Silver sugar tongs or nips. Edwardian, a time when novelty table and desk décor was all the rage. Fun.

Wishbone motif sugar tongs with a spring loaded hinge. Monogrammed “HBW.” Vintage. American. Sterling silver. Gorham Silversmiths, maker. Image © 1998-2020 Ruby Lane, Inc. Fair use license. via
“Dutch doll” sugar tongs. Marked for London 1933. Silver. Maker not known. Image © Jeremy Astfalck/The Old Corkscrew. Fair use license. via
Skeleton sugar tongs. Late Victorian. Silver with ruby and emerald eyes inset on both sides. Maker not known. Image © Toovey’s Auctions and Fair use license. via

Have a cup of tea the Jugendstil way. The Eastern European version of Art Nouveau and dating from around 1900 to 1913.

Teakettle with heater. Jugendstil. German. Copper and brass. F & R Fischer, maker. Image © 1995-2020 eBay Inc. Fair use license. via
Tea kettle with heater. Jugendstil. Brass and copper. Makers marks: Impressed “D” and “OED” with crossed swords on underside. Image © 2011-2020 Fair use license. via
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Teapot with heater and raffia wrapped handle. Jugendstil. Brass with the teapot having a tinned interior. Part hallmarked. Image © Kunst-Auktionshaus Wendl, Rudolstadt, and Very Important Lot. Fair use license. via
Teakettle with heater. Jugendstil. ca. 1910. Brass and copper. Designed by Dutch designer Jan Eisenloeffel for F. & R. Fischer which was in Germany. Image © 2020 Etsy, Inc. Fair use license. via

Oh to get to live on the top of a candlestick and make everything brighter! Ormolu on Gustavian candlesticks from the end of the 18th century. Swedish.

Candlesticks. 1800. Late Gustavian. Swedish. porphyry and ormolu. Maker not known. Image © 2020 Lundgrens Antikhandel AB. Fair use license. via
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Pair of candlesticks, each in the form of a maiden with an urn shaped candle holder, standing on a marble column on a square base. ca. 1790. Gustavaian. Made in Stockholm, Sweden. Ormolu and white marble. Image © 2020 Fair use license. via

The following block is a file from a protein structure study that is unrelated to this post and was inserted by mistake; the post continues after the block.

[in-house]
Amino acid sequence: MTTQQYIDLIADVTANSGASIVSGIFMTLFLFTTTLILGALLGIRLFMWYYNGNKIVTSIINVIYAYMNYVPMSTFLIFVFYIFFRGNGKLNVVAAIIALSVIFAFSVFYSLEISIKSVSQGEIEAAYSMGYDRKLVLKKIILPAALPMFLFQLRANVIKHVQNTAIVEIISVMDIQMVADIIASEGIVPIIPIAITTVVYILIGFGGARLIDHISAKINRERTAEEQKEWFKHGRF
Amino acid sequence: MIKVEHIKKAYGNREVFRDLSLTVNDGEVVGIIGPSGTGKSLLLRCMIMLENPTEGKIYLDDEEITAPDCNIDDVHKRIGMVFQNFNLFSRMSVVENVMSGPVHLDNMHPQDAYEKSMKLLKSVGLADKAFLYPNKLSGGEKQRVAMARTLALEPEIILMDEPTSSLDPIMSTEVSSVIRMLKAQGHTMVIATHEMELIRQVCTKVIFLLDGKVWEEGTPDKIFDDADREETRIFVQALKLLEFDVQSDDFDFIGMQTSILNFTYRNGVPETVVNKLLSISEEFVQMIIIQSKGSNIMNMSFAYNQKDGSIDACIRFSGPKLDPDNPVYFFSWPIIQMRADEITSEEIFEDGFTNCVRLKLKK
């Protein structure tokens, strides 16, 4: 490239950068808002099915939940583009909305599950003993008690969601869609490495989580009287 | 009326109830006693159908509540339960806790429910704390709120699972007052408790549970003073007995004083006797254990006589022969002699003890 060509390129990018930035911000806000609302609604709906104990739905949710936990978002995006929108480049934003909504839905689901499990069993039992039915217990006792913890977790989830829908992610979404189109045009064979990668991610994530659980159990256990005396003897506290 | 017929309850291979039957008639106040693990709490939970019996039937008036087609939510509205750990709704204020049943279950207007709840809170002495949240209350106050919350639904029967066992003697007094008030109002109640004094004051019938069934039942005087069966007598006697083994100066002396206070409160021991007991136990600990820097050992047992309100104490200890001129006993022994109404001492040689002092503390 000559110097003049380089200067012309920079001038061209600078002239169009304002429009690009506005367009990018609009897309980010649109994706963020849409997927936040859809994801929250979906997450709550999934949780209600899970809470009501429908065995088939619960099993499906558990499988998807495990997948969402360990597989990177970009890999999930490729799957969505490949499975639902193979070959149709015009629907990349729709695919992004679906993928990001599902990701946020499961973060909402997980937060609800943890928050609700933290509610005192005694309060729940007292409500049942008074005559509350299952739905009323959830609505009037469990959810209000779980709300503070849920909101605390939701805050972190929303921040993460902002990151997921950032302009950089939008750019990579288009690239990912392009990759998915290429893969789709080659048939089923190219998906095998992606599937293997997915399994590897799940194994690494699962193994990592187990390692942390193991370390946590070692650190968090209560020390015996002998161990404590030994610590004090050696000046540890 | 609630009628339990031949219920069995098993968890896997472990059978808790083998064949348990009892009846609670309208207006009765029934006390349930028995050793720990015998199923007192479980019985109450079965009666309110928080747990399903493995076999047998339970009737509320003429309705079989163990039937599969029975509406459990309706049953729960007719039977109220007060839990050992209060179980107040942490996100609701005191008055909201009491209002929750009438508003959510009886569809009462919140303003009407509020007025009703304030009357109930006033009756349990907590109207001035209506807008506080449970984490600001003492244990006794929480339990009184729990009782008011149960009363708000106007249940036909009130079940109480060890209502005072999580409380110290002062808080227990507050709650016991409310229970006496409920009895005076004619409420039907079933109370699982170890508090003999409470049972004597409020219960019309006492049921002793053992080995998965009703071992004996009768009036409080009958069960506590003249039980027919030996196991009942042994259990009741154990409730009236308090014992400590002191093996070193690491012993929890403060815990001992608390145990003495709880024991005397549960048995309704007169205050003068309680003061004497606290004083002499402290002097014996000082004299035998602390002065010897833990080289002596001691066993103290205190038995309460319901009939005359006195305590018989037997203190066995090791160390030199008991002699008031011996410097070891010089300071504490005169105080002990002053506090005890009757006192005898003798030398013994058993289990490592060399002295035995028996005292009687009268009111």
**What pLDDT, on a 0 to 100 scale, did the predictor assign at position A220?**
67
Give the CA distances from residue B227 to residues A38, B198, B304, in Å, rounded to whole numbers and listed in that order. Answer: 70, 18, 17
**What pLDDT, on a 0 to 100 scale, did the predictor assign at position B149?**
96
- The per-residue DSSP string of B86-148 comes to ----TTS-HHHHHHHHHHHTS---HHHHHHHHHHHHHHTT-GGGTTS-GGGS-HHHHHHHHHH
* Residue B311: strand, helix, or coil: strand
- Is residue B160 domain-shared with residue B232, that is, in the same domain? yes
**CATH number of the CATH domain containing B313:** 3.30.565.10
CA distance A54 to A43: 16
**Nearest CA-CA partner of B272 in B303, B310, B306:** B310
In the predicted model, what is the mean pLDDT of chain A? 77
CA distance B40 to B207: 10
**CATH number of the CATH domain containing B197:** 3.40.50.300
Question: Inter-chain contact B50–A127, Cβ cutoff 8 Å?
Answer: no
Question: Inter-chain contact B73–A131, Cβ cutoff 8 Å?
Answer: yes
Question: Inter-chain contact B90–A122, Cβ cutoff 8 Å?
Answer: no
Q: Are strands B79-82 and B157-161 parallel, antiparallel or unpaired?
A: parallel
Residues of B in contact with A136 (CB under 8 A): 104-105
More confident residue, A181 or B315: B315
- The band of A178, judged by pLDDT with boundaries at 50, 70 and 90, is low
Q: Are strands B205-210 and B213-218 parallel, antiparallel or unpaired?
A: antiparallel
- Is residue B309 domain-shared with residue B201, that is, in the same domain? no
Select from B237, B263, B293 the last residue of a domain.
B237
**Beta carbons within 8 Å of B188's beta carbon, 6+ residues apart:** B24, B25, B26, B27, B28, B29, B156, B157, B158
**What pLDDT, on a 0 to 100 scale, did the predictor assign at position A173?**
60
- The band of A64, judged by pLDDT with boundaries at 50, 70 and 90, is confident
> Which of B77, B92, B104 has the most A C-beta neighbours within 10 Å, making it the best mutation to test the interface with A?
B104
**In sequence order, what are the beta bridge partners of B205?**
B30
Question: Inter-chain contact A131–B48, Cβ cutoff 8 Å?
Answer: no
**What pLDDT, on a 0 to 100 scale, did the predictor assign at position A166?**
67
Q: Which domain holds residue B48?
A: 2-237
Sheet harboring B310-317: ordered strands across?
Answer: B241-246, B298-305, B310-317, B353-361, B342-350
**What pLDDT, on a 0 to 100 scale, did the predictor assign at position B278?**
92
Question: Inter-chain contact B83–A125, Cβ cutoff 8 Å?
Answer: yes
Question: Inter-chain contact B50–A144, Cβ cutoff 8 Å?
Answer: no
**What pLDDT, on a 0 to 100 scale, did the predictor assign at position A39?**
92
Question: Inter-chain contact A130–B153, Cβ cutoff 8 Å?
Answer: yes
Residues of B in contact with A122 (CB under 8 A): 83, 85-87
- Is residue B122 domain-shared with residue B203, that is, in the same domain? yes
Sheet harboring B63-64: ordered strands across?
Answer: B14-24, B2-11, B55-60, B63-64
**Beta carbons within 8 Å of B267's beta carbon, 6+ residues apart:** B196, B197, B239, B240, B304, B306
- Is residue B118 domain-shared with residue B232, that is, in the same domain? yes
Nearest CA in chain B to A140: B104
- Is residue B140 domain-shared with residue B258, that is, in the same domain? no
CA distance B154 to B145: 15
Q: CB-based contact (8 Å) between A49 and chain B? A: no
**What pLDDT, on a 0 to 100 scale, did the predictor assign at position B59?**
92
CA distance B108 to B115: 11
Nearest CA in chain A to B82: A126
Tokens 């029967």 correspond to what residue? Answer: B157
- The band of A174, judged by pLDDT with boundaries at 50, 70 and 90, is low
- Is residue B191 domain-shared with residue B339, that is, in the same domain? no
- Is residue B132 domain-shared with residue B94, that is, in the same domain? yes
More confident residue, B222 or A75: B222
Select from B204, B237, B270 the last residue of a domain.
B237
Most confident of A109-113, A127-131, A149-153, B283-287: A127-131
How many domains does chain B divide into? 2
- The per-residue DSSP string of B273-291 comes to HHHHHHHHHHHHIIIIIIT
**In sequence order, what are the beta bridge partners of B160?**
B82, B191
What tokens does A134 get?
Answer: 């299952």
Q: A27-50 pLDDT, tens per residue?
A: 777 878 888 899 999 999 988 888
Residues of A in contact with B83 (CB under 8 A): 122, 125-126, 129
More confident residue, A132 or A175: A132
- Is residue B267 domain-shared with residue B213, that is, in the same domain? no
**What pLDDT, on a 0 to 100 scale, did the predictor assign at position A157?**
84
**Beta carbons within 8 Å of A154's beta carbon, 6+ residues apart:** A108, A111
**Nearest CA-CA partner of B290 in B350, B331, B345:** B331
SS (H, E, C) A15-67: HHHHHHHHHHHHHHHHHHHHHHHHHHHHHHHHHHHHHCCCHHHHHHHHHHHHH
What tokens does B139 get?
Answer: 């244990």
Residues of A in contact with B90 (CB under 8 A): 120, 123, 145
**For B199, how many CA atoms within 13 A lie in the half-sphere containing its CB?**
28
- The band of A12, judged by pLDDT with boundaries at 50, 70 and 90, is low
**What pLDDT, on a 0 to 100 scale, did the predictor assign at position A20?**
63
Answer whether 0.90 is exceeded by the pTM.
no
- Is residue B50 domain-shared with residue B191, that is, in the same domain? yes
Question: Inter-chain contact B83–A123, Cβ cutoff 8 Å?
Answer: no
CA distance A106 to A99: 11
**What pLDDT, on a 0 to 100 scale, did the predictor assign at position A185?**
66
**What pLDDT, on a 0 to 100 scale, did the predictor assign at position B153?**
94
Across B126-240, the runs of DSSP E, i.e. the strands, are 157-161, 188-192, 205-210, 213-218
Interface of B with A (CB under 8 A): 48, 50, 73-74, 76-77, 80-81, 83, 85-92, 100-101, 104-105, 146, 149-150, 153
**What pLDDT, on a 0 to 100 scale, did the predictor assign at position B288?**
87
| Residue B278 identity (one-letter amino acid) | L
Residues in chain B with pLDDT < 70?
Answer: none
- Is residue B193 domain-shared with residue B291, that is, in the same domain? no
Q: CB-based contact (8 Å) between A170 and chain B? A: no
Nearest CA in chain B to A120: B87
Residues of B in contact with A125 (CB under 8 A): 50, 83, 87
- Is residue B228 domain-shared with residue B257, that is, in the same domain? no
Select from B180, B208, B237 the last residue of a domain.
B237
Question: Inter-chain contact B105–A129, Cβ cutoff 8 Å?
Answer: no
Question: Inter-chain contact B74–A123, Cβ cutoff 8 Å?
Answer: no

Pair of candlesticks, each modeled with a sitting mermaid on a round marble pedestal holding a urn shaped candleholder aloft. Late 18th c. Gustavian. Swedish. Ormolu and marble. Maker not known. Image © Hoffmans, Stockholm. Fair use license. via

Textile designs from the middle of the 20th century. Elza Sunderland, designer. Living from 1903 to 1991, she was born in Hungary but later came to the United States. Worked in Los Angeles, California. Collections of the Los Angeles County Museum of Art.

Untitled textile design with flowers in two colorways. 1940s. Tempera on paper. © Estate of the artist. Image © MUSEUM ASSOCIATES 2020. Fair use license. via
“Weekend.” Textile 1940. Gouache on paper. © Estate of the artist. Image © MUSEUM ASSOCIATES 2020. Fair use license. via
“Hollywood” (Pattern #1102). Textile design. 1940. Gouache on paper. © Estate of the artist. Image © MUSEUM ASSOCIATES 2020. Fair use license. via
“Jonquil,” pattern #986 from the “Flower Bouquet” series. Textile design. 1944. Watercolor on cardboard. © Estate of the artist. Image © MUSEUM ASSOCIATES 2020. Fair use license. via

Creatures of the sea that sit out in the drawing room looking bored. Looks to have had a major moment during the reign of French emperor Napoléon III judging from the variety found and because they are referred to as Napoleon III era domes. One later but it fits right in.

Starfish under glass with wooden base. In the style of a Napoleon III glass dome. Image © 2020 Fair use license. via